5. Once you are done adding new loggers, click the Save button to save the new Jenkins log recorder.
6. Once you've set up the new log recorder, open it by clicking its name in the Log Recorders section. With the log recorder open, click the Log records link on the left-hand side to review the new log records.
What Jenkins Logs Should You Monitor?
Certain events in the Jenkins log can indicate issues with the code or the Jenkins application itself. Monitoring these events is an easy way to diagnose and prevent performance issues quickly.
OutOfMemoryError message indicates that Jenkins has run out of system memory. To resolve this issue, use a smaller Java heap or check for old saved data at:
Note: The Jenkins URL is a combination of your system's hostname and the port number Jenkins is running on. For instance, when logging into Jenkins on the host system, the default Jenkins URL is http://localhost:8080/.
java.lang.OutOfMemoryError: GC overhead limit exceeded error happens when the Java Garbage Collector exceeds its memory limit. A quick solution is to clear old builds that may be taking up memory.
Another common issue is CPU consumption, indicated by an
OutOfMemoryError: PermGen space error. You can avoid this by minimizing the number of builds running on the master node, limiting build history, ensuring all Jenkins plugins are updated, and monitoring how other applications use the CPU.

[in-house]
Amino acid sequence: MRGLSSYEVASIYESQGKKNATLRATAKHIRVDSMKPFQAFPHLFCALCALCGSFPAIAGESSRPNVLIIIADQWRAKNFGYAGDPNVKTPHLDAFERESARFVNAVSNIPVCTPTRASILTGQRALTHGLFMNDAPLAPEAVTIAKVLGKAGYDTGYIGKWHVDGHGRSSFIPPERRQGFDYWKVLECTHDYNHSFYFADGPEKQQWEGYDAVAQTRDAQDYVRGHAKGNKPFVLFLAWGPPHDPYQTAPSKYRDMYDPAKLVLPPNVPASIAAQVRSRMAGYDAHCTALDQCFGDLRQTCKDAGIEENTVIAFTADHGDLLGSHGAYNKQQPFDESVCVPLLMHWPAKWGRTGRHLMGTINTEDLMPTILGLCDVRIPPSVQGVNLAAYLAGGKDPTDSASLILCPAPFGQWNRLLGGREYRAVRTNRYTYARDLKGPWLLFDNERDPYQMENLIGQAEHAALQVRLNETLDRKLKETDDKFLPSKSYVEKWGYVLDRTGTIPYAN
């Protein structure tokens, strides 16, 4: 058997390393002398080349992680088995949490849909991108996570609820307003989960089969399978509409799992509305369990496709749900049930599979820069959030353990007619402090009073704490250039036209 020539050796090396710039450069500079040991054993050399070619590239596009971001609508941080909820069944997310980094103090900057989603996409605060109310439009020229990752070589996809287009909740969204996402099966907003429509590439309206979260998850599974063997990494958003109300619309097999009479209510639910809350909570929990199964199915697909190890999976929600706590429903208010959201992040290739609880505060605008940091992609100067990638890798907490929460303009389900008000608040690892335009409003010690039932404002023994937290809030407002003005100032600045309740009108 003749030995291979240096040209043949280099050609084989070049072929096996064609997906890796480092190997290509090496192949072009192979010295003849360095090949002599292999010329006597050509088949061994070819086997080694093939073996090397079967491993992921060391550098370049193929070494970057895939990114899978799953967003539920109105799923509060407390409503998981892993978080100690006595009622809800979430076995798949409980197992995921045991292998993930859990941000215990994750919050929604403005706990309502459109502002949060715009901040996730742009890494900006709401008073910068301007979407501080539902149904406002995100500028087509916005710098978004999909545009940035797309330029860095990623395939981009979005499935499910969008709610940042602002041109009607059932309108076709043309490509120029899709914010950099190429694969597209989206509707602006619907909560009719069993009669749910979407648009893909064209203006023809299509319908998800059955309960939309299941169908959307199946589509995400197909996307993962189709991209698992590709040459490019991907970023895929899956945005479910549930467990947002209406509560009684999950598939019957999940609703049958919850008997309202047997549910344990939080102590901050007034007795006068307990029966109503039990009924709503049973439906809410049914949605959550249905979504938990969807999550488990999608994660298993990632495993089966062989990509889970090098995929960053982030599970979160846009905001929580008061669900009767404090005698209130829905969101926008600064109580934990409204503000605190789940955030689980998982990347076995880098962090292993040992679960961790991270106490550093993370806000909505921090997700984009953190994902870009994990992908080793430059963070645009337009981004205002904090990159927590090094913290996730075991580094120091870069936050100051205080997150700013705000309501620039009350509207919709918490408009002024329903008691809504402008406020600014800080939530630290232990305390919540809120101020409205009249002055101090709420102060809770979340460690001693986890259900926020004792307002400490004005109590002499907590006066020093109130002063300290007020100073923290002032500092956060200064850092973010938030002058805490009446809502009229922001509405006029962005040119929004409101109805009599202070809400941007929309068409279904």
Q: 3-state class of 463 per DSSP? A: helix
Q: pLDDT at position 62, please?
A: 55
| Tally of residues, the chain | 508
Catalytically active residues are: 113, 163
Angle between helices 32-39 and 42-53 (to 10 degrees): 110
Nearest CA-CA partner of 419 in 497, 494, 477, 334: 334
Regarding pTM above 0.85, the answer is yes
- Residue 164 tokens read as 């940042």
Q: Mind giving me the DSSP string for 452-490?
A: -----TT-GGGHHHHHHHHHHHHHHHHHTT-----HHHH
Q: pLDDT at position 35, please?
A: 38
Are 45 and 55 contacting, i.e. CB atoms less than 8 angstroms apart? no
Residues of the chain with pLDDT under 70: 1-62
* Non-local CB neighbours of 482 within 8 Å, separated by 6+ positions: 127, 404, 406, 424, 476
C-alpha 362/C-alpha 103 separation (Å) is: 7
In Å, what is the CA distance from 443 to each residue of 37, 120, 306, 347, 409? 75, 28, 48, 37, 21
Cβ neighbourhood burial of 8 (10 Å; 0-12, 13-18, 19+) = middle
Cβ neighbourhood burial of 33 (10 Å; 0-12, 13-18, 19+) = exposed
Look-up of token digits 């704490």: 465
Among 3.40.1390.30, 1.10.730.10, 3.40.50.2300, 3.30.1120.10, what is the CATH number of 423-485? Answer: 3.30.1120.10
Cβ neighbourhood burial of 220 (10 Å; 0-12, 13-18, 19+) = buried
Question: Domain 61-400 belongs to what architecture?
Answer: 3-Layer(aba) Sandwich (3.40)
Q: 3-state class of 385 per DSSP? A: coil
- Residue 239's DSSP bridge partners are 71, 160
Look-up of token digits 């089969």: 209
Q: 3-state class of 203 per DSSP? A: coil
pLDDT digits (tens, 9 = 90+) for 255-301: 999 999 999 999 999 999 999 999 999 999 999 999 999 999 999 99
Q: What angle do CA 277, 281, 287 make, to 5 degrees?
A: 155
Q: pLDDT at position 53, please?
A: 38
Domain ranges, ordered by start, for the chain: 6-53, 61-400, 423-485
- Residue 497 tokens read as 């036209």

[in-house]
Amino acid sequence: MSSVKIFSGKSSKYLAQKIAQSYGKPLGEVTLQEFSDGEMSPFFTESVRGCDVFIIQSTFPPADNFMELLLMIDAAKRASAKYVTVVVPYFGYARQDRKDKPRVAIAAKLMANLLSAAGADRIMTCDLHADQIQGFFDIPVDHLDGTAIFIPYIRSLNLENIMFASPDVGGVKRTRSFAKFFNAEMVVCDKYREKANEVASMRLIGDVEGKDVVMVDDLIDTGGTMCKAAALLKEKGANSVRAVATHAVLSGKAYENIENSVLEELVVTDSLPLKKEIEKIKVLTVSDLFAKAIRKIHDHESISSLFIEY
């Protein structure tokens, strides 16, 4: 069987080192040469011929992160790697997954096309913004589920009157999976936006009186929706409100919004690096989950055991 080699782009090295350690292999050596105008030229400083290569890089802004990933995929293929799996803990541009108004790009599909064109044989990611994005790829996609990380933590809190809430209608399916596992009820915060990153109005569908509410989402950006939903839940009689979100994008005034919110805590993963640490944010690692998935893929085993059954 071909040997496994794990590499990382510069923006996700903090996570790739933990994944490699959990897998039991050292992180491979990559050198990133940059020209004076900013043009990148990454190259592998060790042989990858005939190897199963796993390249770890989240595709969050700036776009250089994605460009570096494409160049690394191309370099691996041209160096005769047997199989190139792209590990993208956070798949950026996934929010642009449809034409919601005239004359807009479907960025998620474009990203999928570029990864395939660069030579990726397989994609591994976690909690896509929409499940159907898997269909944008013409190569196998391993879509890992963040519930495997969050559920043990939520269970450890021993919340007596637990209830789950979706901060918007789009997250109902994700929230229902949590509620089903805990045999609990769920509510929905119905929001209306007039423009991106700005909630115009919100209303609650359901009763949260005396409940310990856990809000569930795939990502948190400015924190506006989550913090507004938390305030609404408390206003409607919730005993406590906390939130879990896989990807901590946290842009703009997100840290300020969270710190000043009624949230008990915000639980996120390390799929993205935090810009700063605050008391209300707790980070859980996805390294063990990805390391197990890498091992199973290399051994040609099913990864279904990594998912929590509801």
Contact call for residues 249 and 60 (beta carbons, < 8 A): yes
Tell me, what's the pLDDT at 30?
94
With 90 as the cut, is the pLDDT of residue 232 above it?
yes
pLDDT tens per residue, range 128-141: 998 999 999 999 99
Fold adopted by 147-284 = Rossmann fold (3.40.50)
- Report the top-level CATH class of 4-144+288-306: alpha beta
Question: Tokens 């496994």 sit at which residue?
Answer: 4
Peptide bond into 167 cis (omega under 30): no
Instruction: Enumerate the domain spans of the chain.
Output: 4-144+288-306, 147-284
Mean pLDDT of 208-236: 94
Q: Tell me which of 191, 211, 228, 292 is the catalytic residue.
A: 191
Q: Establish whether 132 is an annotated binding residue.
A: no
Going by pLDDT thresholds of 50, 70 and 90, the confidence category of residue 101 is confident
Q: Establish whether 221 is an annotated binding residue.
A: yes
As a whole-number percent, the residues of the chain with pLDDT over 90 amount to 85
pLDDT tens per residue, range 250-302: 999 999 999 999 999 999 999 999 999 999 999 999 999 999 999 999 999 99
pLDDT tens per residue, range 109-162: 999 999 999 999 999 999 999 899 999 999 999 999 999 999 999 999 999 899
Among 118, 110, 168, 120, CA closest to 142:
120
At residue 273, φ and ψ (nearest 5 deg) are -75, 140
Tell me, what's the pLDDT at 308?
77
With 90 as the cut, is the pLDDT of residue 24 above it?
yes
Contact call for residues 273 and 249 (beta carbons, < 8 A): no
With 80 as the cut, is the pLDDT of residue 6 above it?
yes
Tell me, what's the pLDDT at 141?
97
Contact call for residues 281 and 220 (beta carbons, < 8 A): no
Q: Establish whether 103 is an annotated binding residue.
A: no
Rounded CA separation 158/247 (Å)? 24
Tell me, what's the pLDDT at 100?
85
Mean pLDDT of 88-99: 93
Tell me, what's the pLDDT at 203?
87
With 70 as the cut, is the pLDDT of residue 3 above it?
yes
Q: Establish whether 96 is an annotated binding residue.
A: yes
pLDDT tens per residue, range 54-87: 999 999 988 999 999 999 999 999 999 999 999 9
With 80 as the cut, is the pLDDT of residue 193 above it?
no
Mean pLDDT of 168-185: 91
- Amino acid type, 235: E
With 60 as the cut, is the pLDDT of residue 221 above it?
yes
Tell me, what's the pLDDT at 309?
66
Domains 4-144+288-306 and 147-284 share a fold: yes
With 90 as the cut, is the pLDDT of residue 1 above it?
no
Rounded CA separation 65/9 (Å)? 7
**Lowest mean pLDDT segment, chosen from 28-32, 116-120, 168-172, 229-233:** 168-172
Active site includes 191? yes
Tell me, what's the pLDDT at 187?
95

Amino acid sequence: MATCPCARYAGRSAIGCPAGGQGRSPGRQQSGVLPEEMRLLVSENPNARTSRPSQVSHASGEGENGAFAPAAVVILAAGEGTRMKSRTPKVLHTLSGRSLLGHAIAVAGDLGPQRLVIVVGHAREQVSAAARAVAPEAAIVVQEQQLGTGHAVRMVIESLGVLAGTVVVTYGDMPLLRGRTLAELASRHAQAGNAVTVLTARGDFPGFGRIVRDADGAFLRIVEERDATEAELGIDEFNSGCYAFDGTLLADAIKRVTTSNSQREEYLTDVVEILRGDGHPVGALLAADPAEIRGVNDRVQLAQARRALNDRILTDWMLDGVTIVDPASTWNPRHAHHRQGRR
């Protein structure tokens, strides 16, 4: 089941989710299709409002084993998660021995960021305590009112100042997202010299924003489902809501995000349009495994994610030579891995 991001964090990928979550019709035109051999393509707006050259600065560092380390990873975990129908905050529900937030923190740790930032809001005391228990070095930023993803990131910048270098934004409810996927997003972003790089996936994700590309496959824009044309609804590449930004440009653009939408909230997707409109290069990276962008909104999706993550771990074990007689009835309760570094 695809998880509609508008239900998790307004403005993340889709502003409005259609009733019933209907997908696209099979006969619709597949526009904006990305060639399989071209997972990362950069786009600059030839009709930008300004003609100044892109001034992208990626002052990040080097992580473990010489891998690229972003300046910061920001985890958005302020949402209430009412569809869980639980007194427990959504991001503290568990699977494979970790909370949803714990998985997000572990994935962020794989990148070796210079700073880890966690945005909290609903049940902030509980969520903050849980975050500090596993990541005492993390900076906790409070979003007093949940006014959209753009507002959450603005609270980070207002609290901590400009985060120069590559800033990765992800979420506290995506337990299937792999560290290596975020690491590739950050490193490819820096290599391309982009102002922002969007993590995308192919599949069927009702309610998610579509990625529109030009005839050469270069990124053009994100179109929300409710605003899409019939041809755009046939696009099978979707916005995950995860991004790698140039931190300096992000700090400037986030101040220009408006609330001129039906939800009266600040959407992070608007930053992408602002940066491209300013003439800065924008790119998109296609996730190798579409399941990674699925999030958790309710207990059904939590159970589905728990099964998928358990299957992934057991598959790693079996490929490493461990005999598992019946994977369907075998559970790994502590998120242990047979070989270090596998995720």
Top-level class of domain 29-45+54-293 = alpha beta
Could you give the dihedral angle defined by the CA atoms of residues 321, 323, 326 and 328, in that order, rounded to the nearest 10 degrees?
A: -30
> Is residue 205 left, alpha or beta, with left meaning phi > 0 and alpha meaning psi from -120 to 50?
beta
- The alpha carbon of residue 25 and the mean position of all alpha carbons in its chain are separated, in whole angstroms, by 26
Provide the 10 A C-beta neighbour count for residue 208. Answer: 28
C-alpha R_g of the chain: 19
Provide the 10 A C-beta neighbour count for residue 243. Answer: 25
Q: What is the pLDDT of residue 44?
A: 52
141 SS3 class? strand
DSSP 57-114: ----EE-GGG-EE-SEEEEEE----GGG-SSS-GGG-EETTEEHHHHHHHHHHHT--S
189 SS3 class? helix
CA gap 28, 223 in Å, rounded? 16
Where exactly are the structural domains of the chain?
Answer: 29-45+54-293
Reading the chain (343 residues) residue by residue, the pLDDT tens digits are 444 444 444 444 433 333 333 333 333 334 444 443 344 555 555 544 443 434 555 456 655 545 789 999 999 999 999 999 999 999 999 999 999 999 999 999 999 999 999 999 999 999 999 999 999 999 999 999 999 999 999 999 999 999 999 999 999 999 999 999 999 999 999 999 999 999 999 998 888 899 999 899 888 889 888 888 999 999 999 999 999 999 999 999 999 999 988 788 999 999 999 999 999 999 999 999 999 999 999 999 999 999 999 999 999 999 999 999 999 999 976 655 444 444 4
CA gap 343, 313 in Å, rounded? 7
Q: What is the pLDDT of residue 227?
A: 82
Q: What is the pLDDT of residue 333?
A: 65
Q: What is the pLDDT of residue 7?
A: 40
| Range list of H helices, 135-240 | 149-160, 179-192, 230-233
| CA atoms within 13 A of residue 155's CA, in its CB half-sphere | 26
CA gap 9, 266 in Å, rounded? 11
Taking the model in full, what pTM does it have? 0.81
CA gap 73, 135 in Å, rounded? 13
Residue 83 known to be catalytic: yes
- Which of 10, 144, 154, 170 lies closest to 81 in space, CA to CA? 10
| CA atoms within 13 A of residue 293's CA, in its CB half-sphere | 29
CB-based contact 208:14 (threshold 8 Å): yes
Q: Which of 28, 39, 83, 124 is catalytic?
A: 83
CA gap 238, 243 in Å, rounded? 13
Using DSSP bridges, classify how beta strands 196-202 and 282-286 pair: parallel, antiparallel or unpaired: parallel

How to Customize Jenkins Logs?
The formatting of Jenkins logs can sometimes make them difficult to read, especially when using higher logging levels. Long pipelines with dozens or hundreds of lines of code also present a challenge.
Below is an example log for a simple pipeline that prints out the build version number:
In the output above, it isn't easy to see where a stage starts and ends. The only indication is the
stage output at the beginning and
// stage at the end, both displayed in light gray.
Adding a message with the
echo command at the beginning of a stage makes separating different stages when looking at the console output easier. This also allows users to add brief descriptions, making it even easier to understand the output.
Another method is to add an
echo command without any message text. This creates a blank line and makes the output easier to read.
After reading this tutorial, you should be able to find and view Jenkins logs and use them to diagnose potential issues with your project build.